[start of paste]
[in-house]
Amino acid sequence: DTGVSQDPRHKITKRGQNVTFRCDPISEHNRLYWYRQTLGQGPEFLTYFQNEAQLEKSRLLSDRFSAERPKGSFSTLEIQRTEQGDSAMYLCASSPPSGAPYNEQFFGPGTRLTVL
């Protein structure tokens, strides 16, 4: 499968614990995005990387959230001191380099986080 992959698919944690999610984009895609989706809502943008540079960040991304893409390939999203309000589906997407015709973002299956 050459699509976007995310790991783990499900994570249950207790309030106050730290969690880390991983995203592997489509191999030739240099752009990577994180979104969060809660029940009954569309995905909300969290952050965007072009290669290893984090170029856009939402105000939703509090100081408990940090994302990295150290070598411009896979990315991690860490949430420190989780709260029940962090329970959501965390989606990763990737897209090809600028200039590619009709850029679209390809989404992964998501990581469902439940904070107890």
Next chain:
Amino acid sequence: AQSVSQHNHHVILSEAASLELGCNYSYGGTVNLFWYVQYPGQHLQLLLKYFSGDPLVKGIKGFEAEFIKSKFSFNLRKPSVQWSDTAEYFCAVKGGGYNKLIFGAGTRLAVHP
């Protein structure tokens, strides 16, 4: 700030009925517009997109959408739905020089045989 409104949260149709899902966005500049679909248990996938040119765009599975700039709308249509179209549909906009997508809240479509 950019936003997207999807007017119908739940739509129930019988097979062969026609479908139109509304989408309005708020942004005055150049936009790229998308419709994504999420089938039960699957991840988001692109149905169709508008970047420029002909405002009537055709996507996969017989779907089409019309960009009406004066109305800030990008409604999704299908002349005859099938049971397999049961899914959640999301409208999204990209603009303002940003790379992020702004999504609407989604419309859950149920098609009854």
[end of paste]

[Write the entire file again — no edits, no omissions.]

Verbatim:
[in-house]
Amino acid sequence: DTGVSQDPRHKITKRGQNVTFRCDPISEHNRLYWYRQTLGQGPEFLTYFQNEAQLEKSRLLSDRFSAERPKGSFSTLEIQRTEQGDSAMYLCASSPPSGAPYNEQFFGPGTRLTVL
């Protein structure tokens, strides 16, 4: 499968614990995005990387959230001191380099986080 992959698919944690999610984009895609989706809502943008540079960040991304893409390939999203309000589906997407015709973002299956 050459699509976007995310790991783990499900994570249950207790309030106050730290969690880390991983995203592997489509191999030739240099752009990577994180979104969060809660029940009954569309995905909300969290952050965007072009290669290893984090170029856009939402105000939703509090100081408990940090994302990295150290070598411009896979990315991690860490949430420190989780709260029940962090329970959501965390989606990763990737897209090809600028200039590619009709850029679209390809989404992964998501990581469902439940904070107890």
Next chain:
Amino acid sequence: AQSVSQHNHHVILSEAASLELGCNYSYGGTVNLFWYVQYPGQHLQLLLKYFSGDPLVKGIKGFEAEFIKSKFSFNLRKPSVQWSDTAEYFCAVKGGGYNKLIFGAGTRLAVHP
């Protein structure tokens, strides 16, 4: 700030009925517009997109959408739905020089045989 409104949260149709899902966005500049679909248990996938040119765009599975700039709308249509179209549909906009997508809240479509 950019936003997207999807007017119908739940739509129930019988097979062969026609479908139109509304989408309005708020942004005055150049936009790229998308419709994504999420089938039960699957991840988001692109149905169709508008970047420029002909405002009537055709996507996969017989779907089409019309960009009406004066109305800030990008409604999704299908002349005859099938049971397999049961899914959640999301409208999204990209603009303002940003790379992020702004999504609407989604419309859950149920098609009854």